Friday, June 16, 2017

Flower Rainbow

After checking my Google album, I realized I had collected over 1000 flower pictures for my #floweraday posts on G+. So in celebration of exceeding 1k flowers, here's a flower rainbow!

May your day be colorful, and touched by joy and beauty.  

Friday, May 26, 2017

Beautiful places

 Publishing news will be late this week.

I find myself thinking about beautiful mosaics this week, such as this one in Praiano, Italy:

Don't know why that's on my mind, just a piece of interesting artistry seen on my honeymoon that has stuck with me.  

Of course, the natural artistry of the town (i.e. its view) is also spectacular.

Speaking of gorgeous natural and man-made scenery, there's a place much closer to home with a view, in Edenton, NC.

It's a lovely little town, full of kind people (who are willing to help a bride and groom on the way to their wedding with a broken-down car!), and has a beautiful salt marsh lighthouse. If you ever go through there near sunset, head out onto the boardwalk and see the lighthouse lit gold under an umber sky. If you're early, check out the Soda Shoppe and get yourself some ice cream.

What's something beautiful you've seen, or always wanted to see?

Hope you have a good Friday! 

Friday, May 12, 2017

Publishing Industry News

This week's publishing news covers 4/28-5/11/17.

Publishing News

 The new Amazon "feature" that allows third parties to "win" the buy box draws ire from publishers, booksellers, authors, and more. Parties who "win" the box become the default purchase option (the books must be offered in "new condition" to qualify, and usually are lower prices than the publishers retail); other sellers are still present but get pushed further down the list, sometimes not automatically shown without clicking for more options.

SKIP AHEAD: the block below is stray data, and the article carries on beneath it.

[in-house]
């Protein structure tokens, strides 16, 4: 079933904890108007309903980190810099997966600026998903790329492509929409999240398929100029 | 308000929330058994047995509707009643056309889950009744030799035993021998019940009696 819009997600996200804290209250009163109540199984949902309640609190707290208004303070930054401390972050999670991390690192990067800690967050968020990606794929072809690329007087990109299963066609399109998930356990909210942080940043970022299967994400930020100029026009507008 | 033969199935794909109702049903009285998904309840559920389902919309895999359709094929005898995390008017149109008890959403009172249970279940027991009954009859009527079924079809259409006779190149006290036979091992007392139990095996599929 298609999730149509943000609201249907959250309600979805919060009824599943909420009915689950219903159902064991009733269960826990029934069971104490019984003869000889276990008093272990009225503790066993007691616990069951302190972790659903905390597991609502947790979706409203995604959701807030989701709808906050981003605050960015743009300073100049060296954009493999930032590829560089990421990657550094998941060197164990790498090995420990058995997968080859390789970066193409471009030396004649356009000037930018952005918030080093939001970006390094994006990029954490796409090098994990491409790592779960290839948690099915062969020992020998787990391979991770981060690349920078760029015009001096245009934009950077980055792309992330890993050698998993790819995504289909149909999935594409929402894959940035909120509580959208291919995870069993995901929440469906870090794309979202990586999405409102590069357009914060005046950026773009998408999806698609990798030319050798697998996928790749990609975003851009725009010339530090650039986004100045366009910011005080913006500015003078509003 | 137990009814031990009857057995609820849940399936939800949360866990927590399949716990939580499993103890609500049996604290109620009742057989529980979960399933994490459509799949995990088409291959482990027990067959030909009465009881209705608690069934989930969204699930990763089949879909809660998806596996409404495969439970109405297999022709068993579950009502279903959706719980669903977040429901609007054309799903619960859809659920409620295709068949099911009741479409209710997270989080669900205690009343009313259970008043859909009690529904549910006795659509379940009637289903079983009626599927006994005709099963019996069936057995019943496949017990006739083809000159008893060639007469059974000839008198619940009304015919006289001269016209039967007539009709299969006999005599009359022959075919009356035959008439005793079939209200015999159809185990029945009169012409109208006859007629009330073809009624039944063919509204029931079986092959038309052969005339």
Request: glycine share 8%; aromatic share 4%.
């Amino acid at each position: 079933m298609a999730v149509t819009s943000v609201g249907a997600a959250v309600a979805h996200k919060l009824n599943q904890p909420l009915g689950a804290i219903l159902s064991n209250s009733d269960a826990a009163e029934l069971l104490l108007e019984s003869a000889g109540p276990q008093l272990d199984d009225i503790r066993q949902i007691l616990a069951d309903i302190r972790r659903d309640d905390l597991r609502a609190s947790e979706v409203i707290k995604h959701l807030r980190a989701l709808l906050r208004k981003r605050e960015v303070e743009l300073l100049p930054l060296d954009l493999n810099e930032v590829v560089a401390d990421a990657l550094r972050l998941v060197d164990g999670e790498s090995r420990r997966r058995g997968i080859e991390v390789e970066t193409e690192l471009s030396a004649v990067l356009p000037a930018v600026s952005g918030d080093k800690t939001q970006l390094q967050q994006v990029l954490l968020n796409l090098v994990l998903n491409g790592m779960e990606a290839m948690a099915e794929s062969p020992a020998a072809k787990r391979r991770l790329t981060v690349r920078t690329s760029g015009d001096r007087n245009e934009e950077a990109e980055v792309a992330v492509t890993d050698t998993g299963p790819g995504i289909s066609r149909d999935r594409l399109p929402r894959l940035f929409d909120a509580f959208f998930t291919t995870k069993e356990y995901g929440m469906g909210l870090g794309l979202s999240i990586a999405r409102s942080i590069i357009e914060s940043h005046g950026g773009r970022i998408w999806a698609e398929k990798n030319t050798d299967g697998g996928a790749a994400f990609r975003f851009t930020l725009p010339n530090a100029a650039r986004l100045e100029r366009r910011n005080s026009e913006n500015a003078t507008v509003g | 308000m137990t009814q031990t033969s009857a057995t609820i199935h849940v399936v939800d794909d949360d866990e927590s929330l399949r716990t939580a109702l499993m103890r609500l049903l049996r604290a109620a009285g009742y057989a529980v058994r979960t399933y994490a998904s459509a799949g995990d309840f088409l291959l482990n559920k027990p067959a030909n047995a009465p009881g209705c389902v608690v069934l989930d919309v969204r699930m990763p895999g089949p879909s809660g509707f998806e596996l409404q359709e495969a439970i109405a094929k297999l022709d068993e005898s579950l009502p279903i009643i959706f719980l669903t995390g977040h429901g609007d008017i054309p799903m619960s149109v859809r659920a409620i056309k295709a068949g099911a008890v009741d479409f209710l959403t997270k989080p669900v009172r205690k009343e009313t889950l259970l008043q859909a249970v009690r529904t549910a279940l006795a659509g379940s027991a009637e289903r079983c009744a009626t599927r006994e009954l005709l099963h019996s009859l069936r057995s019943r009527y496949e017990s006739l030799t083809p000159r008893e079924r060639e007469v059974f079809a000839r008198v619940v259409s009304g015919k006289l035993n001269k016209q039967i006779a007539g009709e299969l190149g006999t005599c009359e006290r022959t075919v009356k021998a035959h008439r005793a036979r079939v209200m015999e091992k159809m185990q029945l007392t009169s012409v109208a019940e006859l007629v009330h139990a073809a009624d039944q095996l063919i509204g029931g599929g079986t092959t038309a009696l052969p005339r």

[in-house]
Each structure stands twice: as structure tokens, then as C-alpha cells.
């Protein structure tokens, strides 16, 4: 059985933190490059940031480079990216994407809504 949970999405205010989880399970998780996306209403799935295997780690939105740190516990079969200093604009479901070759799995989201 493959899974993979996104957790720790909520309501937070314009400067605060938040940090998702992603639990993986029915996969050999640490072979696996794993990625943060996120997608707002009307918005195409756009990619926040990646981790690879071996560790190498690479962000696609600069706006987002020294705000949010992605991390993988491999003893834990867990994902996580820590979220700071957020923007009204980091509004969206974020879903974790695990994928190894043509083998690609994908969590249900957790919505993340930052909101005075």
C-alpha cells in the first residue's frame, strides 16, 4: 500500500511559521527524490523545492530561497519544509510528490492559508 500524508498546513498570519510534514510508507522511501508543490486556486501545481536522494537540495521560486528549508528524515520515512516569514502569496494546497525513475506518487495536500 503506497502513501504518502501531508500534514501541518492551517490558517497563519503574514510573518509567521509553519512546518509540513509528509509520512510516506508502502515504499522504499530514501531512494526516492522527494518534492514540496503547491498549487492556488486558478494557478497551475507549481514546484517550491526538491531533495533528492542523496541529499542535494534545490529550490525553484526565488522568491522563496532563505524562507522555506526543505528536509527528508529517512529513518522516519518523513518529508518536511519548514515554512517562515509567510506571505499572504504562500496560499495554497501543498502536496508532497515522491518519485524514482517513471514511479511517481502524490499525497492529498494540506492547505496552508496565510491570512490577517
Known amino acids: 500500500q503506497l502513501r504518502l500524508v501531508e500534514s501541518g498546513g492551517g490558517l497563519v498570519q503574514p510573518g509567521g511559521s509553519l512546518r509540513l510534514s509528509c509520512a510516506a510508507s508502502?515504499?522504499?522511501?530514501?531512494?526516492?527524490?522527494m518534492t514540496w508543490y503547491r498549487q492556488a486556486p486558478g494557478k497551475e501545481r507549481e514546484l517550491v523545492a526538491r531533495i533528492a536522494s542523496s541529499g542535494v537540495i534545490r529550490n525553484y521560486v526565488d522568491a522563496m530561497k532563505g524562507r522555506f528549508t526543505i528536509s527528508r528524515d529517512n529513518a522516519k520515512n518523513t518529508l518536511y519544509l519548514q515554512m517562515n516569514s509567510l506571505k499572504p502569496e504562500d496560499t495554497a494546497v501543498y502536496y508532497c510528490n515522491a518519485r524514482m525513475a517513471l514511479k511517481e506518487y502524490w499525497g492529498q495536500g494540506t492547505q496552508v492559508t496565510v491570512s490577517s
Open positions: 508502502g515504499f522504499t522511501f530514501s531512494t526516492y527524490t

The Authors Guild and the Independent Book Publishers Association issue statements against the new Buy-Box policy, pointing out that as customers become by default more likely to buy from third-party sources, authors and publishers lose revenue if the books are obtained from suspect sources (and many parties worry this is likely the case). There are worries that the move also cuts deeply into authors' backlist profits, and the AG and the IBPA speculate (albeit without evidence) about possible future preferential treatment for Amazon's print-on-demand services.

A bookseller sues the state of California over a new law that requires all autographed items sold and valued over $5 to have a certificate of authenticity, with the paperwork backing it, or face liability of substantial penalties, on the grounds that the law makes selling autographed books a substantial burden and violates the First Amendment.

The European Commission introduces new laws on e-book sales in the EU. Amazon must drop its "most favored nation" clause from European contracts; countries can set VAT for e-books to lower levels; geo-blocking is banned (which prevented a customer from buying an e-book from another country to get around licensing restrictions). The first two are lauded by booksellers, while the latter is being considered a matter of concern.

The latest proposed U.S. budget includes increases in the budgets for the National Endowments for the Arts and Humanities--a complete reversal of the previous proposed budget to eliminate them.

Industry Blogs